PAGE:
LONDON (Reuters) - Shares gained and the euro hit a one-week high on Monday as China's move to beef up banking activity supported optimism for global growth and as Greece edged closer to securing a bailout, though rising oil prices weighed on the recovery hopes.
Trading was subdued as euro zone ministers gathered to discuss the Greek deal, with the closure of U.S. markets for a holiday having the potential to exaggerate any price moves.
The finance ministers are expected to approve a second bailout for Greece later in the day to try and draw a line under months of uncertainty that has shaken the currency bloc, although more work was still needed to make the numbers add up.
"Today we are aiming to finalize the decision on a new rescue package for Greece," German finance minister Wolfgang Schaeuble said on his way into the meeting in Brussels.
The euro traded was up 0.7 percent at $1.3244, off a one-week high of $1.3277, but mainly in reaction to China's decision on Saturday to cut the amount of cash its banks must hold in their reserves, with traders expecting any Greek deal to bring only short-term gains.
"I think we will see a rally, but not a strong rally because we've been trading this topic (Greece) for a long time," said Niels Christensen, FX strategist at Nordea.
"Even if we get a deal there are still issues about (debt) restructuring and how the portfolio of Greek bonds at the ECB will be dealt with."
Although a Greek deal is expected to initially help other peripheral European bond markets, worries the restructuring could push private bond holders further behind official lenders when it comes to taking forced losses, limited the gains for Spanish and Italian debt.
Italian 10-year yields fell 5 basis points to 5.54 percent while similar Spanish 10-year government bond yields were also lower on the day, down 11 basis points at 5.16 percent.
The European Central Bank, which effectively capped a rise in peripheral yields at the end of last year with its controversial market support program, announced it did not buy any government bonds last week for the first time since it restarted purchases it in early August.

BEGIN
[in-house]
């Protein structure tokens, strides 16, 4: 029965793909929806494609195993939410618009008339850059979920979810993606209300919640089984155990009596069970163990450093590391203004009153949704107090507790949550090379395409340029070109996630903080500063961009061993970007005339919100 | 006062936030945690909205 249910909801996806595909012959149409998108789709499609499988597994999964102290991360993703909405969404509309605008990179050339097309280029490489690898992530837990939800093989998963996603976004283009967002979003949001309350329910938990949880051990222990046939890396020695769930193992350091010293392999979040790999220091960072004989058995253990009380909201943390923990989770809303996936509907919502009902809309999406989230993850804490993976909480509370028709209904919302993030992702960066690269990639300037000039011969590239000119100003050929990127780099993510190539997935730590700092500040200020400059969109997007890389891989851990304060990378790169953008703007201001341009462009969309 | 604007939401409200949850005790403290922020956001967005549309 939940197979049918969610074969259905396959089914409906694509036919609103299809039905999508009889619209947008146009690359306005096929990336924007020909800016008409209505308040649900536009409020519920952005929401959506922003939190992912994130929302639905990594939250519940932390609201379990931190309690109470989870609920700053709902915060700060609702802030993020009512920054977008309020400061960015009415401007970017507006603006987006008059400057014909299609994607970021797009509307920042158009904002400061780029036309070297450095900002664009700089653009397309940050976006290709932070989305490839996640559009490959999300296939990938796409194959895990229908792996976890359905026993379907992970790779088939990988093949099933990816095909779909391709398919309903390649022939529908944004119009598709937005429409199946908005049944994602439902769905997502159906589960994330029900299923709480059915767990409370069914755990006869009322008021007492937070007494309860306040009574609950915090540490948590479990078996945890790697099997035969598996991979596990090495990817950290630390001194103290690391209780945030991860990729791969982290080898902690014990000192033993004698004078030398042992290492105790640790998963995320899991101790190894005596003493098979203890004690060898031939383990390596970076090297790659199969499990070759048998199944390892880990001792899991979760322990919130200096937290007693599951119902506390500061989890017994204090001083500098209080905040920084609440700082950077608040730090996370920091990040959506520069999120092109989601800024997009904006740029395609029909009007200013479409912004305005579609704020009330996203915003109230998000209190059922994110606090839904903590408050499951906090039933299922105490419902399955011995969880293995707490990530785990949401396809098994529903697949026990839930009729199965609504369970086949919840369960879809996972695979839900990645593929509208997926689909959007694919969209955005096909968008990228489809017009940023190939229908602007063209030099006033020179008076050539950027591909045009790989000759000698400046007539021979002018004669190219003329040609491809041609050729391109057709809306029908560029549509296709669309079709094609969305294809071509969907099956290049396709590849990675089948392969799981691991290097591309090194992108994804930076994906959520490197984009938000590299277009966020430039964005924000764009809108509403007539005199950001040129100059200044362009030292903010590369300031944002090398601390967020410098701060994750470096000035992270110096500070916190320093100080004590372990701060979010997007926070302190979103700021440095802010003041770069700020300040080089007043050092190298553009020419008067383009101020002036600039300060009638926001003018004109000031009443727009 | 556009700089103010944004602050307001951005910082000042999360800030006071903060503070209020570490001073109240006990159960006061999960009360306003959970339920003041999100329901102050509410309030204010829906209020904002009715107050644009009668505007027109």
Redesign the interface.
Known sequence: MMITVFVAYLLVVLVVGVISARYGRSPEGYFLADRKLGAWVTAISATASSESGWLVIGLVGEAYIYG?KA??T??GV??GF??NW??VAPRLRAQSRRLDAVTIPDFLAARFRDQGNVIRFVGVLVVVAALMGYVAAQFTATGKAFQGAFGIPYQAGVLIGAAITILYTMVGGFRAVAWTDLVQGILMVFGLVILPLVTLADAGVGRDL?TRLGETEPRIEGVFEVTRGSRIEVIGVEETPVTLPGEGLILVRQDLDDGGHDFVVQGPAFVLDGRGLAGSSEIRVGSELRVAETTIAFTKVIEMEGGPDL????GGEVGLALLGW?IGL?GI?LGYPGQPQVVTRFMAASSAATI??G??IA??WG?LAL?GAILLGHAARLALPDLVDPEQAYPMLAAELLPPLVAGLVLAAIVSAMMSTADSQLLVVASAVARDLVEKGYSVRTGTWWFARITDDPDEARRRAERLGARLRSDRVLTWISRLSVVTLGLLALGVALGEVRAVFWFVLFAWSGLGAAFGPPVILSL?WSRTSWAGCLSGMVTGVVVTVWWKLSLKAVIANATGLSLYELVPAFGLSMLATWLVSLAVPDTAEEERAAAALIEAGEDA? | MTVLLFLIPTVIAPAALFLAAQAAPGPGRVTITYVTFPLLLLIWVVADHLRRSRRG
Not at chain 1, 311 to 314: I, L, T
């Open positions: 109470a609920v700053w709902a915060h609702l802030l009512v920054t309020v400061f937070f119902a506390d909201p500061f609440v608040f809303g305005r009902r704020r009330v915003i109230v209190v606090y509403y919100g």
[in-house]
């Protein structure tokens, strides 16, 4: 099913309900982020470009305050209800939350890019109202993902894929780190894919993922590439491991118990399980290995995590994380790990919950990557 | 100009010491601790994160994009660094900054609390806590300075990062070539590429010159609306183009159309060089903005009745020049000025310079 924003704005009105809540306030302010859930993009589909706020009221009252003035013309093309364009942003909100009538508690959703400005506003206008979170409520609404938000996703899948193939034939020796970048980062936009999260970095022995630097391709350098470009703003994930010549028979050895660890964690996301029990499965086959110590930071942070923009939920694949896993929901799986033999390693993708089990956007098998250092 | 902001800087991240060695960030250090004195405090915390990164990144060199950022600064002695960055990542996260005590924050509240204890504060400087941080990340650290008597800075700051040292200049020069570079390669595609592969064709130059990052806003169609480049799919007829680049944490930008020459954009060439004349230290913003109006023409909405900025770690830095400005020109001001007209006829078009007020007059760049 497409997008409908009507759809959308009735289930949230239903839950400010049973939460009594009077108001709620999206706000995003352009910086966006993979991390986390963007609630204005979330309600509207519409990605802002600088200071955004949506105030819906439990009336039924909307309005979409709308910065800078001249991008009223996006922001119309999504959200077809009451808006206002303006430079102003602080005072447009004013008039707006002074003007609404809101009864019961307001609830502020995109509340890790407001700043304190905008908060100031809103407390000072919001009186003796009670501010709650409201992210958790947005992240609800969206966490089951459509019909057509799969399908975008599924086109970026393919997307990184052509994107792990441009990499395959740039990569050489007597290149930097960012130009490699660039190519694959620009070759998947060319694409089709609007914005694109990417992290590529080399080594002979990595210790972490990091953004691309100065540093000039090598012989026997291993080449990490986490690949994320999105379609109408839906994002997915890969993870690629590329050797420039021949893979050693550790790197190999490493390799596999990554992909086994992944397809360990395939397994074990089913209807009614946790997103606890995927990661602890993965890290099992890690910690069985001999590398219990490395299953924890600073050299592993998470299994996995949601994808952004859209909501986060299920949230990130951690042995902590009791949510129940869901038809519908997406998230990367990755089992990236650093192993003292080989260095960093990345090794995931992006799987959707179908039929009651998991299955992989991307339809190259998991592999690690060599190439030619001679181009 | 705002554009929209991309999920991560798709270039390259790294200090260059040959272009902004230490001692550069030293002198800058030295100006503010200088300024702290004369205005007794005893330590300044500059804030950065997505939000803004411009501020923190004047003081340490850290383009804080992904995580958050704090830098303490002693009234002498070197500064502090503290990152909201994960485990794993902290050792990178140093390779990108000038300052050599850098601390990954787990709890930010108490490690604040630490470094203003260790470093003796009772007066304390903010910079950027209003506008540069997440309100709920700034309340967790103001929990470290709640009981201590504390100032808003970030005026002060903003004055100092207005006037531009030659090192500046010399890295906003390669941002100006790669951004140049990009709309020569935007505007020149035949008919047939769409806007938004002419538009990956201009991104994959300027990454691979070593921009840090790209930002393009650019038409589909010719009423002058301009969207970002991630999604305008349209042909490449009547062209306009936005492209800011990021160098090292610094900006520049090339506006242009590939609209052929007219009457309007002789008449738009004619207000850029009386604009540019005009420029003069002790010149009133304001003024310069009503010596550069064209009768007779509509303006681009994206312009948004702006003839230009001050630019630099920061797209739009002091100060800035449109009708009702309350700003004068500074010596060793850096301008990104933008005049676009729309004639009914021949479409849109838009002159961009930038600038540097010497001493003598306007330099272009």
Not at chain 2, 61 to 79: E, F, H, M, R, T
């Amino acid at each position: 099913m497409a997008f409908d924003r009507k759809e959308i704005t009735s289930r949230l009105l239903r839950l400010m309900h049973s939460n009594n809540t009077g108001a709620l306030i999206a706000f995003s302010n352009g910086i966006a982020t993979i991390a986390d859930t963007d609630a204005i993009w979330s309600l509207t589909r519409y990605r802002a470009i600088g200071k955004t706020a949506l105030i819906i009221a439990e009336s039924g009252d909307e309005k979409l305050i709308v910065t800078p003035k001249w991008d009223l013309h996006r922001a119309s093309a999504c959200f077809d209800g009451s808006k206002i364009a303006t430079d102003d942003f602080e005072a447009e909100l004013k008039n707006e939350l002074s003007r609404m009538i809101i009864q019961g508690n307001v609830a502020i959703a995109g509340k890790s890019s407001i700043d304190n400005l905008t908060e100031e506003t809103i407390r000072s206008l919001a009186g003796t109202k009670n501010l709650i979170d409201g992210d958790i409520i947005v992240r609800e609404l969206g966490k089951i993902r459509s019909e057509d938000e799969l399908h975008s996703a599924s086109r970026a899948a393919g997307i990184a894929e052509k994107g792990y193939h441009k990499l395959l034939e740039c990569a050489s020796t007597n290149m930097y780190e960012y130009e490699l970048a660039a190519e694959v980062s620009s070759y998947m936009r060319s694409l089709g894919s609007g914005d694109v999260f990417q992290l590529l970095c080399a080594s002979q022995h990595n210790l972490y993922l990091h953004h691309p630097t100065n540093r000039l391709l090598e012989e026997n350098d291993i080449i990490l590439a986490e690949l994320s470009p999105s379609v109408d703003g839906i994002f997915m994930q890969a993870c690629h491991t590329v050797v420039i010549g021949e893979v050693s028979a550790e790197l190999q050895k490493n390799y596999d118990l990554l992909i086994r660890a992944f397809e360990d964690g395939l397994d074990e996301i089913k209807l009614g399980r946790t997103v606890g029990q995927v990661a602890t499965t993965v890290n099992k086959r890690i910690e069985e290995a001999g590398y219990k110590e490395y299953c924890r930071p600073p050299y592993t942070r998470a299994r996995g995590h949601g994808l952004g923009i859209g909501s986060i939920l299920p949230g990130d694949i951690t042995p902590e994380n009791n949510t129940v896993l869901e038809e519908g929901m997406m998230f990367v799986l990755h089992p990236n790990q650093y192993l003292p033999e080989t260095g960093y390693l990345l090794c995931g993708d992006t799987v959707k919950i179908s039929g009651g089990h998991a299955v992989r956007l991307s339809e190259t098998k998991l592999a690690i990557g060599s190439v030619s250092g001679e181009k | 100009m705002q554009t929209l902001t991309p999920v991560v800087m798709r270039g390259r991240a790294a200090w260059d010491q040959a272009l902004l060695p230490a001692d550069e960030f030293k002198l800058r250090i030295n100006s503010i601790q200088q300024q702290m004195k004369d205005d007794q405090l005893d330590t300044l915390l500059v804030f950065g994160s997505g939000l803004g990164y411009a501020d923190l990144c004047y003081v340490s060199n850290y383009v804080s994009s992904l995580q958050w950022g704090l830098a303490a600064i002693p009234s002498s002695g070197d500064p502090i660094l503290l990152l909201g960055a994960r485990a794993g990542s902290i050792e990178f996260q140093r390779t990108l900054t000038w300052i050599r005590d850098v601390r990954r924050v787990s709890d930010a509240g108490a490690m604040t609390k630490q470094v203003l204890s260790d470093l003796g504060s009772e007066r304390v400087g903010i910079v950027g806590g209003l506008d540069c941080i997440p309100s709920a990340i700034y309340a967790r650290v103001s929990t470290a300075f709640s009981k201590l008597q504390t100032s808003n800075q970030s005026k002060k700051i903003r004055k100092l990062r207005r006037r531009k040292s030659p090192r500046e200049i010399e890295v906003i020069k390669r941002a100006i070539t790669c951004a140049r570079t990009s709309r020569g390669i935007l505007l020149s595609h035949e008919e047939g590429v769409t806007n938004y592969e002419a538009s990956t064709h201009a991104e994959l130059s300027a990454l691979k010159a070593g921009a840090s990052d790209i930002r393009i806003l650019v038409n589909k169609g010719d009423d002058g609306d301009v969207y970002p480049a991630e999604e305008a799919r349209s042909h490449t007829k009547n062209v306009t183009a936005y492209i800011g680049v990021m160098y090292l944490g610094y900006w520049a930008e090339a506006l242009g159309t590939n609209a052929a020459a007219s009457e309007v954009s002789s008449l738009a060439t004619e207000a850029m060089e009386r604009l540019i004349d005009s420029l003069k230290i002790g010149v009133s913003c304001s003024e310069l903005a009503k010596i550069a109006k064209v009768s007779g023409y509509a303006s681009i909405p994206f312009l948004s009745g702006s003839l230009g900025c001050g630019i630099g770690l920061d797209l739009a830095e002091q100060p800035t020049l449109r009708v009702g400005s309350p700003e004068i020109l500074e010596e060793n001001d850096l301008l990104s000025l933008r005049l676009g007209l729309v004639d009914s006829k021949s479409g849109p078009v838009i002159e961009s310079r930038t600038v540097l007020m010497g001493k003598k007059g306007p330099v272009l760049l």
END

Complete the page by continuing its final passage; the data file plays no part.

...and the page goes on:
CHINA LENDS A HAND
China's move to help growth in the world's second-biggest economy formed part of a global trend towards easier monetary policy by major central banks, aimed at supporting a fragile economic recovery being led by the giant U.S. economy and underpinning demand for riskier assets this year.
The latest action lifted copper and gold prices, which rose 0.6 percent and 0.5 percent respectively and boosted the Australian dollar by 0.5 percent to around $1.0763.
Gold is nearly 11 percent so far this year, benefiting from the rebound in the euro and expectations that U.S. monetary policy will remain loose, cutting the cost of holding non-yielding bullion. But analysts say the appeal of other investments could keep the metal rangebound this year.
Interest rate expectations - 2012 and 2013 (live graphic): link.reuters.com/kux64s
Commodities performance in 2012: link.reuters.com/faz36s
The recent flurry of central bank moves, which included a surprise easing by the Bank of Japan on February 14, have been a major factor behind the rally in global equities over the past two months.
The MSCI world equity index .MIWD00000PUS rose 0.5 percent on Monday to post gains of over nine percent this year.
The FTSEurofirst 300 .FTEU3 index of top European shares was at its highest level since early August, up 0.5 percent as resource companies benefited from expectations that China's policy action would boost demand for commodities.
On Friday in New York the S&P 500 index .SPX ended its sixth positive week out of seven so far in 2012, lifting it near levels not seen in more than three years. The index has risen 8.2 percent so far this year.
Emerging stocks hit six-month highs for a second straight trading session on Monday with the MSCI emerging equities index .MSCIEF gaining 0.35 percent.
Riskier assets like equities may get another shot in the arm next week when the European Central Bank offers more cheap three-year funds to the region's banks. Polls by Reuters have shown the ECB could lend around half a trillion euros at the tender on February 29.
But analysts point to another consequence of the flurry of policy easing - the rising price of oil - as a growing risk to the growth outlook.
J.P. Morgan Chase raised its 2012 price forecast for Brent crude by $6 to $118 a barrel on supply risks and rising economic growth. It also hiked its forecast for 2013 to $125 from $121.
Brent crude briefly rose to an eight-month high above $121 a barrel on Monday before settling to trade around $120, as Iran halted exports to Britain and France months ahead of a European Union embargo.
U.S. crude oil futures rose $1.75 to $105 a barrel.
"The recent price increase has been even sharper in recessionary Europe with Brent priced in euros close to record levels," said Lee Hardman, currency economist at Bank of Tokyo-Mitsubishi UFJ in London.
"The growing headwind will both reinforce recessionary forces and dampen any recovery."
(Additional reporting by Nia Williams; Editing by John Stonestreet and Toby Chopra)